opb.org

In a study published this spring with colleagues in the Proceedings of the National Academy of Sciences, Zhang explains a process he developed to transform solid cellulose — which could come from wood, grass or crop residue (like corn husks) — into a carbohydrate called amylose. The process is a form of synthetic biology and relies on enzymes to break down the cellulose into smaller units and then restitch the molecules into starch. That means the final, edible food product — a powder that Zhang says tastes sweet — is completely synthetic but resembles other complex carbohydrates like corn starch.

Posted By: Alex - Thu Jun 06, 2013 - Comments (6)
Category: Food, Science

Before Dye Packs



Posted By: Paul - Thu Jun 06, 2013 - Comments (2)
Category: Crime, Chindogu, 1950s

June 5, 2013

Bacon Gifts For Father’s Day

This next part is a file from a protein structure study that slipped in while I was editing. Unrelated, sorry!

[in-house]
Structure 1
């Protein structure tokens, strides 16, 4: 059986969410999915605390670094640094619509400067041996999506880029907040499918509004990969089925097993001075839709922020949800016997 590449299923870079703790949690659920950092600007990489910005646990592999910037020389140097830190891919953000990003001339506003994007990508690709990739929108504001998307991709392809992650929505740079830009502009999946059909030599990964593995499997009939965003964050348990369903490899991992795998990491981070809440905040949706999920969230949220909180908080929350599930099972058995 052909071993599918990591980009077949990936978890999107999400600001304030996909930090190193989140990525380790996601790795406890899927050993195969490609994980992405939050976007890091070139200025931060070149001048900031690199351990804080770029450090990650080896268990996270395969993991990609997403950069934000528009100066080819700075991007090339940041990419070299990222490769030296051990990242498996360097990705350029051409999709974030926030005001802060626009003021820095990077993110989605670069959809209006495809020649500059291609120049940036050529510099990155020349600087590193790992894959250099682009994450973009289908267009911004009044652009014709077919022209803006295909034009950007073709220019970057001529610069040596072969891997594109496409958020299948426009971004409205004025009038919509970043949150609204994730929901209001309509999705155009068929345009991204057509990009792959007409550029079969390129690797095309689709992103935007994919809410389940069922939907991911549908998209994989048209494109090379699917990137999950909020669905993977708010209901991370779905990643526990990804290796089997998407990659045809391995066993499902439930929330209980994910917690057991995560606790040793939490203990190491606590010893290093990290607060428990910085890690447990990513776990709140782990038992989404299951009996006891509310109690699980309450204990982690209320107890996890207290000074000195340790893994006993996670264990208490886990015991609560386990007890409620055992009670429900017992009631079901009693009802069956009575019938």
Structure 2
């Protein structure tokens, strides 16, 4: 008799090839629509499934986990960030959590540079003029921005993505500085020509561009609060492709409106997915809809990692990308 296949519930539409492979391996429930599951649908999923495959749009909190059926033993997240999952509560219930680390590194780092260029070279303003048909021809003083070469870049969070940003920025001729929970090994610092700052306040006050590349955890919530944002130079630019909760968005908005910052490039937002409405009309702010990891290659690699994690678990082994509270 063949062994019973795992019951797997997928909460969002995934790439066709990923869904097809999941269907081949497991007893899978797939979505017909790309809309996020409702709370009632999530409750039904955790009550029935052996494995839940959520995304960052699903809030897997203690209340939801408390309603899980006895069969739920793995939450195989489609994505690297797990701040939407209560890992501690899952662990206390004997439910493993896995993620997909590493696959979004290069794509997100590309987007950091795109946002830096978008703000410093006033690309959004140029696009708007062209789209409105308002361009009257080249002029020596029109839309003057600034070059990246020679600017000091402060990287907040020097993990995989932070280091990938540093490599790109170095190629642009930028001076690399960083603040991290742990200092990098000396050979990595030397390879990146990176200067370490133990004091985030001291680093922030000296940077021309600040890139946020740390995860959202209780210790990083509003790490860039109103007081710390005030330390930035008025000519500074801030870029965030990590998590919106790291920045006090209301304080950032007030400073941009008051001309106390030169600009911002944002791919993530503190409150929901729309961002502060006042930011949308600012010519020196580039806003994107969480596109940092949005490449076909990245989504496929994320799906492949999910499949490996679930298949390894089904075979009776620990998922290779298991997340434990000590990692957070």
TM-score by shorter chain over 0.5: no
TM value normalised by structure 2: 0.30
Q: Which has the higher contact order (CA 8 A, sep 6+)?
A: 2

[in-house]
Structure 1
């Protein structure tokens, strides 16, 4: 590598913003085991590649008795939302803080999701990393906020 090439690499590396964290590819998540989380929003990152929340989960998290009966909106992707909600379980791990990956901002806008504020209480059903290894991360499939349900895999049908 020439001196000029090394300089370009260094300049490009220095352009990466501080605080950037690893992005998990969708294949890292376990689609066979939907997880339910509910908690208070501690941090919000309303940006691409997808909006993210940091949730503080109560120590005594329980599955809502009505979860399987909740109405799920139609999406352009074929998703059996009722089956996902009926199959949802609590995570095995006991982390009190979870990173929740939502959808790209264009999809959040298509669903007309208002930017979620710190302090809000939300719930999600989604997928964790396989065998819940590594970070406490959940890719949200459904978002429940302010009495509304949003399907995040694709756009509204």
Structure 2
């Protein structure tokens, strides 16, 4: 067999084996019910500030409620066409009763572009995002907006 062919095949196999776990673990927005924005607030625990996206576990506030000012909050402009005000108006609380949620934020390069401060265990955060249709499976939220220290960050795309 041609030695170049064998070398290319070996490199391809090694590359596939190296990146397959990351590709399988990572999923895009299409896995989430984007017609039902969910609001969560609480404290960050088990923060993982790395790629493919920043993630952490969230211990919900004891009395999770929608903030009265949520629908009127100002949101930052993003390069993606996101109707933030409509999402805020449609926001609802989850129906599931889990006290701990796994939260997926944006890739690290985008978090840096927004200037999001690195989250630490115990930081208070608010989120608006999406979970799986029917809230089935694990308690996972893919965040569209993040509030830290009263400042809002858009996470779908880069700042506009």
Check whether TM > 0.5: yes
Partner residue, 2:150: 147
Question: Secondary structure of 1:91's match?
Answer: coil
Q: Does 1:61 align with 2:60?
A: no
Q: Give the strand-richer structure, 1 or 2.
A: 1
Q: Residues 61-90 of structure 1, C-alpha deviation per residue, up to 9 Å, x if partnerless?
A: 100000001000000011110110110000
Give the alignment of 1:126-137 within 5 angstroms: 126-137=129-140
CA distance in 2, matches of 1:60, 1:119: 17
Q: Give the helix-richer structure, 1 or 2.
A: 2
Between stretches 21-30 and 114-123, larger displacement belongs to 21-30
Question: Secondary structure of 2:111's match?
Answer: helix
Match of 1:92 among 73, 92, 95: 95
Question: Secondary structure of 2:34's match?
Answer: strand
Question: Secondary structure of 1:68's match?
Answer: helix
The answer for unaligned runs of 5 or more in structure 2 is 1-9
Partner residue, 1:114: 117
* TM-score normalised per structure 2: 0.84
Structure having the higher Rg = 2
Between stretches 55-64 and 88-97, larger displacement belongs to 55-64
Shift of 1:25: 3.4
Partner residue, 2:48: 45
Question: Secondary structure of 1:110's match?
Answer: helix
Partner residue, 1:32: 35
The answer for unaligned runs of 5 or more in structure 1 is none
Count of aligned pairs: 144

Just in time for Father's Day -- the premiere collection of bacon gifts from Oscar Meyer!!

image

There are three versions of bacon inspired gifts.

The Commander. The Matador. The Woodsman.

If it wasn't sold out, I would want the bacon and the multi-tool.

"The Messenger" is still available -- choose one of six cards like this one:

image

Go to the website for full details, and an incredible video (click on "view film") where Paul Roudenbusch waxes philosophic on bacon cutting, curing, and smoking.

http://www.sayitwithbacon.com/#

Color. Cut. Consistency. Cure

The diamond comparisons are amazing!!

Bacon and Weird Universe. A marriage made in heaven!!

Posted By: gdanea - Wed Jun 05, 2013 - Comments (4)
Category: Bacon

Underwear Art

Fine arts student David Woodward was invited to display his art at a Queen's University campus event. But when he showed up on the morning of the event and started setting up his piece called "All I Am Is What I've Felt," the event organizers told him the work was "inappropriate" and "not nice to look at" and asked him to remove it, which he reluctantly did. The piece consisted of ten pairs of embroidered underwear hanging on the wall.

Woodward is upset that he was booted out of the event. He says he wasn't trying to shock anyone. He insists that, "I brought what I felt was my best work at the time." He's surely telling the truth because the hanging underwear was also his final thesis project at the university.